From the Orthodox Outlet for Dogmatic Enquiries.
I’ve included this article due to a multitude of requests from seminarians about the Church teaching regarding the historical reality of Adam and what the Church, not the seminary Bible Studies professor, actually teaches. This is a great article to answer such a question.
There are thousands of patristic references to Adam – an immeasurable chaos. However, it will be hard to locate a verse that refers to Adam in an absolutely univocal manner; i.e., a verse that cannot but imply a specific person.
An endeavor like this is a difficult one, for two reasons:
a) Because the Fathers had no cause to outrightly state (per our rationale) that Adam “is not a symbolic person”. Such an issue had not been put forward as a theory during their time, which is why they did not preoccupy themselves with something that they regarded a given fact; and
b) Because in the case of Adam, a multitude of symbolisms do also apply, however without them annulling his literal existence as a person – as the hypostatic beginning of mankind.
It is for this reason that in the present article priority has been given (among the multitude of texts that could have been cited), to the more palpable ones, without the need for one to have a knowledge of classical Greek – such basic and essential texts being: the Holy Bible – the Sacred Canons – two or three of the major Fathers and a very concise analysis of the ‘person-centred’ theology, so that anyone can comprehend just how significant the literal acceptance of the person of Adam is, for the Christian faith.
To answer this question we could begin with the New Testament itself.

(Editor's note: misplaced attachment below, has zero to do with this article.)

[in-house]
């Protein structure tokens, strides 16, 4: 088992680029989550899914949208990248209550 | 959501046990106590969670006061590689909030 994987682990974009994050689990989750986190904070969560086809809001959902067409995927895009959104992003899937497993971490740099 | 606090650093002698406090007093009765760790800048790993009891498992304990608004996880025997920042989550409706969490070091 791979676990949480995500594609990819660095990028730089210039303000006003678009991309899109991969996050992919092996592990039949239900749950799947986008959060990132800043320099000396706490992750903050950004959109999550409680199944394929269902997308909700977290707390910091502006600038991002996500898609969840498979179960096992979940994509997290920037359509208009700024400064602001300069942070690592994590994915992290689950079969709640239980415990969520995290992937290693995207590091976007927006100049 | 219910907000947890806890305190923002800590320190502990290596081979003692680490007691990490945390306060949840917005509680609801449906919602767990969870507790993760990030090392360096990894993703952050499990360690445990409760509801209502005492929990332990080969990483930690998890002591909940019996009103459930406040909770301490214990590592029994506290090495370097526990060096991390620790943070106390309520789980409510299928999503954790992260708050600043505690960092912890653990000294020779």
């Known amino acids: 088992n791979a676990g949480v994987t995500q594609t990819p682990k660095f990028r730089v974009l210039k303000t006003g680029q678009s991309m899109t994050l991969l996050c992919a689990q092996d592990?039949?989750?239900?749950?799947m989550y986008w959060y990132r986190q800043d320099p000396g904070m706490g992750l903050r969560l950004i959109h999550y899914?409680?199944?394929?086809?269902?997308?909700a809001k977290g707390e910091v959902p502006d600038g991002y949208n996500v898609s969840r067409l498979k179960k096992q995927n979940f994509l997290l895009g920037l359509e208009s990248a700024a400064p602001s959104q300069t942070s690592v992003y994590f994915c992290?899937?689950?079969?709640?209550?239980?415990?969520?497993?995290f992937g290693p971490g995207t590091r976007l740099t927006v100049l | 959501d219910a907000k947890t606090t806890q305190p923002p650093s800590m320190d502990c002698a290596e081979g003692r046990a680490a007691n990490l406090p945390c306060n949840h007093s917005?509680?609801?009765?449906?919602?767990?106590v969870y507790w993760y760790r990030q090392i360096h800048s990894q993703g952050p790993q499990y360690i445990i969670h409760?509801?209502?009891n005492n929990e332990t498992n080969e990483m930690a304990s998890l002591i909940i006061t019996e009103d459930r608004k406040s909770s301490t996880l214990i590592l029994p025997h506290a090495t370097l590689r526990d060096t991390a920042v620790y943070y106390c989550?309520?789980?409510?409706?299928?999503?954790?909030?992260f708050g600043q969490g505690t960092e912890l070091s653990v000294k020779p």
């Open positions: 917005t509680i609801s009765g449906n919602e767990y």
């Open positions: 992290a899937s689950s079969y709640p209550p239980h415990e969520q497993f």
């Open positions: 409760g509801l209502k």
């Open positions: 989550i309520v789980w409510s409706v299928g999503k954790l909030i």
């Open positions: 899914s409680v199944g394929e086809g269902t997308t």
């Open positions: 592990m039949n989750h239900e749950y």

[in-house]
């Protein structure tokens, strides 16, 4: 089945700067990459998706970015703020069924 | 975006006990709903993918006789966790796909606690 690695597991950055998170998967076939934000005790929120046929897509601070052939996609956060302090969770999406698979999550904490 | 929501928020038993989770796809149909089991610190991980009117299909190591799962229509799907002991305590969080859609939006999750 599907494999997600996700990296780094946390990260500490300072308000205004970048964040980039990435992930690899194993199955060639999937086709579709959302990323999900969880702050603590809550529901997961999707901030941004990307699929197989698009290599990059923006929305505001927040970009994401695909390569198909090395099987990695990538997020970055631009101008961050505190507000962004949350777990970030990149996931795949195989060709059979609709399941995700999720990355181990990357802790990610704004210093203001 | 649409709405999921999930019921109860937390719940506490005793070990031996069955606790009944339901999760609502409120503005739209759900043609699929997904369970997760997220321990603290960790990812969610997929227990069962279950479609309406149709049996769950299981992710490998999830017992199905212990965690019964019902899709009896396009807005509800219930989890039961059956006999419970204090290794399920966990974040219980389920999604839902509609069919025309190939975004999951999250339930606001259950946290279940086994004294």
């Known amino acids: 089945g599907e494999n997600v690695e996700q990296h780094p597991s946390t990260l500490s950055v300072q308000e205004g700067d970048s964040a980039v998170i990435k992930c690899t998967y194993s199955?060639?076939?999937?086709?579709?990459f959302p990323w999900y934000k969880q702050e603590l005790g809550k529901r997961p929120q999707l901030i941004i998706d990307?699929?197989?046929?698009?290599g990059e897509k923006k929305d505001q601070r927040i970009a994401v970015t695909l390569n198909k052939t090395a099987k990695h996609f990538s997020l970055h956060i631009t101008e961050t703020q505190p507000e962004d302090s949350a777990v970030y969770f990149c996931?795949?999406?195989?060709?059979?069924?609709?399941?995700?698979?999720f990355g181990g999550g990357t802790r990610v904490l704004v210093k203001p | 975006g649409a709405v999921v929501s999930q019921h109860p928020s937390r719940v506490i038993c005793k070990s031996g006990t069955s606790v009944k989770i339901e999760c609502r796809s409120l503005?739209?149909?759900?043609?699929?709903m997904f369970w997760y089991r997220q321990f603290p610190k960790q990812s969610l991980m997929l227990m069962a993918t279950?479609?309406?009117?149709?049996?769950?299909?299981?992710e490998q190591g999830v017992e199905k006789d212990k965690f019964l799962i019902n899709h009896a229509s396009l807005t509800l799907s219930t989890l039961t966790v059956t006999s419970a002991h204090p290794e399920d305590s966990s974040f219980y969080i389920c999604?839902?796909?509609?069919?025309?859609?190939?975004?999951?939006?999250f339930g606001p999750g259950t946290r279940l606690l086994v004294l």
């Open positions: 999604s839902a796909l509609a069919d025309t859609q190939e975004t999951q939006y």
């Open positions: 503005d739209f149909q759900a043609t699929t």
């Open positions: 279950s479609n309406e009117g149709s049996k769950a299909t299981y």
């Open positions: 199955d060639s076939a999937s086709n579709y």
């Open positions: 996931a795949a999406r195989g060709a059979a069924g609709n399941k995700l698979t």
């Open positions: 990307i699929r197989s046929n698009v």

In the Gospel of Luke which presents the genealogy of Jesus Christ (Luke 3:23-28) – in other words, the persons through which human nature  “reached” the Lord – it is apparent that Adam is mentioned as one of many other historical – and not symbolic – persons:
“…of Cainan, who was of Arphaxad, who was of Sem, who was of Noah, who was of Lamech, who was of Methuselah, who was of Enoch, who was of Jared, who was of Maleleel, who was of Cainan, who was of Enos, who was of Seth, who was of Adam, who was of God.” (Luke 3:36-38)
Thus, the Orthodox Church has accordingly instituted the Feast of the Holy Forefathers,  during which the following resurrectional (“sticheron”) hymn is chanted, where it again is impossible to arbitrarily exempt Adam (as if he were only a symbolic character) amid an entire sequence of historical persons:
“Come, all you lovers of feasts, let us laud with psalms: Adam the Forefather, Enoch. Noah, Melchizedek, Abraham, Isaac and Jacob; after the law Moses and Aaron, Joshua, Samuel and David; after whom Isaiah, Jeremiah, Ezekiel and Daniel and the Twelve, together with Elijah, Elissaios and them all; Zechariah and the Baptist and all those who proclaimed Christ, the life and the resurrection of our kind.”
In the Sacred Canons of the Church, Adam is commemorated in one of the Canons that were issued by the Synod of Carthage (AD 419). Of course this was a Local Synod, however its Canons acquired ecumenical authority after having been validated by the 2nd Canon of the Quinisext Ecumenical Synod. The 109th Canon of the Synod of Carthage mentions the following about Adam – whom it obviously treats as a historical person with a body and a soul:
“…Whosoever says that Adam, the first-made man, was made thus mortal, so that whether he sinned or not, he would have died in body – that is, he would have exited the body as a soul, not on account of sin, but by natural necessity, let him be anathema.” 
Adam’s historicity is equally stressed by the prominent Father of the Church and recapitulating dogmatologist, Saint John of Damascus:
“… everything that the Father has are also His (the Holy Spirit’s) except for unbegottenness; which does not signify a difference in the Essence or the status, but the manner of Their existence – just as Adam was unborn (for he was a creation of God) and Seth who was born (for he was a son of Adam) and Eve, who proceeded from Adam’s side (for she was not born), thus they too do not differ from each other in nature (for they are all human beings), but only in their manner of existence” .